Judge: USFWS was wrong to balk at Bitterroot grizzly recovery
(Missoula Current) A federal judge has ruled against the U.S. Fish and Wildlife Service, saying it illegally delayed actions related to recovering grizzly bears in the Bitterroot Mountains, so now, it must conduct another public process to determine the correct course of action.
On Wednesday, a week after hearing oral arguments, Missoula federal district judge Donald Molloy issued his ruling siding with two organizations that sued the Fish and Wildlife Service for not carrying out its own decision, made almost 23 years ago, to place an experimental population of 25 grizzlies in the Bitterroot Recovery Area.
The plaintiffs’ case boiled down to three actions - or in some cases, the inaction - that the Fish and Wildlife Service took or should take.
In 2000, after years of study and public comment, the Service finalized an environmental impact study and rule outlining the preferred action alternative, which was to create an experimental grizzly bear population under Sec. 10(j) of the Endangered Species Act. That section requires that no members of the species exist in the area where the experimental population is placed, and that was the case prior to 2000.
In addition to transplanting 25 bears, the 2000 rule also required the Service to create a citizen management committee and to educate the public on bear-aware sanitation and safety.
But then, in 2001, concerned by a lawsuit brought by the state of Idaho, the Service reversed course, saying it chose the “no-action” alternative instead. But the Service didn’t issue a Record of Decision. However, from that point on, it also took no action.
Molloy said the Alliance for the Wild Rockies and the Native Ecosystems Council had standing to challenge the USFWS rule issued in 2000, but not the 2001 rule. However, it’s in the details of the 2000 rule where the Service was found wanting.
Federal law allows courts to compel an agency to take action when an agency has a mandatory duty and has unreasonably delayed carrying out that duty.
Molloy pointed out that the federal attorneys acknowledged that a delay of more than 20 years is unreasonable. Even so, Molloy went through a six-point legal check of what constitutes an unreasonable delay and the plaintiffs’ arguments met four of them.
So that left only the question of whether the 2000 rule gave the Service a mandatory duty.
The rule committed Fish and Wildlife Service to introducing 25 bears but also made that action discretionary based upon available funding. Even though that aspect wasn’t mandatory, Molloy found that the rule’s other requirements - the citizen’s committee, bear-aware education - were.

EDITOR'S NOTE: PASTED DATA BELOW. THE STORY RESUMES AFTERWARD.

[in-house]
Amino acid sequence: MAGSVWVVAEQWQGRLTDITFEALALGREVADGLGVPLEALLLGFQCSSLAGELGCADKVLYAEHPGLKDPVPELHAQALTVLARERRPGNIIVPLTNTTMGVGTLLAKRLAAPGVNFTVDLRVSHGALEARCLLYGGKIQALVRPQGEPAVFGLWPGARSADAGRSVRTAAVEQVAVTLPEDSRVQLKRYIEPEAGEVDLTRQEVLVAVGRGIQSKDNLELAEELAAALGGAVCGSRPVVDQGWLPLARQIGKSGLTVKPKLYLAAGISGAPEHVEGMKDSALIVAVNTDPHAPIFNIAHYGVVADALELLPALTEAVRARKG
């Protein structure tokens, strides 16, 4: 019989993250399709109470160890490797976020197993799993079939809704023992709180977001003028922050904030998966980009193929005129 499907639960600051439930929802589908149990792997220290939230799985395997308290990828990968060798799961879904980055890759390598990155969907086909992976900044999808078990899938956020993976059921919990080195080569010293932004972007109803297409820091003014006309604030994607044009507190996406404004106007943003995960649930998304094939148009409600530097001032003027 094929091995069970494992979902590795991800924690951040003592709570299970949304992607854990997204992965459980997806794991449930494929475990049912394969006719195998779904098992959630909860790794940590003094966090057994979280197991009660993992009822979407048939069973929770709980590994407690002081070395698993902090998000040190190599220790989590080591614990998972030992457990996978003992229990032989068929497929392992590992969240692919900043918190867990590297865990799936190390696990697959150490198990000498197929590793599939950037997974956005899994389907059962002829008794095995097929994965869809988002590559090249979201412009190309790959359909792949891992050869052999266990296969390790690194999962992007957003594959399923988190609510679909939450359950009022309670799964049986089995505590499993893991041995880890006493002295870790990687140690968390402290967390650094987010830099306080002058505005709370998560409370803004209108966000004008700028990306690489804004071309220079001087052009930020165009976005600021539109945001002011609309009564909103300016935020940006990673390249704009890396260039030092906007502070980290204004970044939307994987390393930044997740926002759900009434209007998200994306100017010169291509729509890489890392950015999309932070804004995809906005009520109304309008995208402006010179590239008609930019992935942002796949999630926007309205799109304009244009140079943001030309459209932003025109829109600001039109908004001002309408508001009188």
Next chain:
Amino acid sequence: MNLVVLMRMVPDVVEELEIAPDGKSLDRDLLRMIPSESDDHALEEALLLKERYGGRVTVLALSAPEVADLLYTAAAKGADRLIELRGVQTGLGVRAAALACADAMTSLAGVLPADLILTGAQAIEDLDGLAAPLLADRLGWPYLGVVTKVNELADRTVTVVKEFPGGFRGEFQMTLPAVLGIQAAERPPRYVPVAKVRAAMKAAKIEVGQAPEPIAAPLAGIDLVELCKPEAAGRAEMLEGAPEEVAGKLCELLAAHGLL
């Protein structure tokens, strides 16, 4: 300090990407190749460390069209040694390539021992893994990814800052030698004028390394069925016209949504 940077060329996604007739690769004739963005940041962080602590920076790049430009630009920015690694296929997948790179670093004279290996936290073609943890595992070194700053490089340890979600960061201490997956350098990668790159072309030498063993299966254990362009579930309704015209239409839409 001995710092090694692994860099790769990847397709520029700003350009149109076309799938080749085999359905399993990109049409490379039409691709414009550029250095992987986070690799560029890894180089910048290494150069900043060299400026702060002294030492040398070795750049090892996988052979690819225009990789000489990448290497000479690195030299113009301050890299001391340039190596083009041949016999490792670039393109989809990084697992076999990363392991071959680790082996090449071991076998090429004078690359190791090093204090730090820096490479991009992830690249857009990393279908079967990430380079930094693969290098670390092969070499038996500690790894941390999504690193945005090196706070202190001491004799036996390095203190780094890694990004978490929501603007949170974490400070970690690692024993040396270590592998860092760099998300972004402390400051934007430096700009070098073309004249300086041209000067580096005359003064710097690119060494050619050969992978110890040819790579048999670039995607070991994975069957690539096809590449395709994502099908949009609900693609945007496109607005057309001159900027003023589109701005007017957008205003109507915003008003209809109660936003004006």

“Now, while it is not clear whether bears have entered the Experimental Population Area, they have entered the Bitterroot Ecosystem. Because the lack of preparation is likely to impact the health and safety of the people living in the area, this factor weighs in the Plaintiffs’ favor,” Molloy wrote.
Finally, the plaintiffs insisted that the Fish and Wildlife Service should complete a supplemental environmental impact study. Federal regulations require agencies to complete a supplemental study when significant changes or new circumstances are present and “a major Federal action remains to occur."
When the Service issued its 2000 rule, there was no evidence of grizzly bears in the Bitterroot. Now, there is. The plaintiffs said the new circumstances should trigger a supplemental study. The federal attorneys said the Service hadn’t planned to transplant bears so no action remains and no study is needed.
“The parties’ briefing on this issue is like two ships passing in the night,” Molloy wrote.
Once again, it came down to the non-discretionary parts of the 2000 rule that required the citizen’s committee and bear-aware safeguards and education. Molloy said those constituted the “major federal action” that remained.
Molloy agreed with the plaintiffs that reports of grizzly bears in the Bitterroot did justify the need to do a supplemental study, especially since their presence potentially invalidates the Section 10(j) conditions allowing an experimental population.
“The current presence of naturally occurring grizzly bears is a significant change in circumstances that undermines the basic premise on which the (Record of Decision) and the Final Rule were based. It may impact the advisability or feasibility of introducing an experimental population of bears,” Molloy wrote.
Molloy also pointed to case law that requires agencies to complete a supplemental process if they reject a previously chosen alternative. By not acting, Molloy said, the Service essentially went with the “No action” alternative, not the alternative it chose in its 2000 rule. So it should have done a supplemental analysis.
“The Service identified grizzly bear introduction into the Bitterroot Ecosystem as a priority twenty years ago. If that is no longer a priority, the Service cannot simply continue to ignore it,” Molloy wrote. “For the past two decades, the Service has acted as though the 2000 ROD and Final Rule never existed in the first instance. While an agency may procedurally alter course, if it does so, it must abide by (federal law).”
After ruling against the Fish and Wildlife Service, Molloy had two options. He could order the Fish and Wildlife Service to finally follow its 2000 rule. But, because the 2000 rule could be faulty because it assumed an experimental population was justified, he chose instead to order the Service to complete a supplemental study of what’s needed for grizzly bear recovery in the Bitterroot within a reasonable period of time.
“The remedy conundrum creates the unenviable prospect of forgiving one wrong to prevent another,” Molloy wrote.
Contact reporter Laura Lundquist at email@example.com.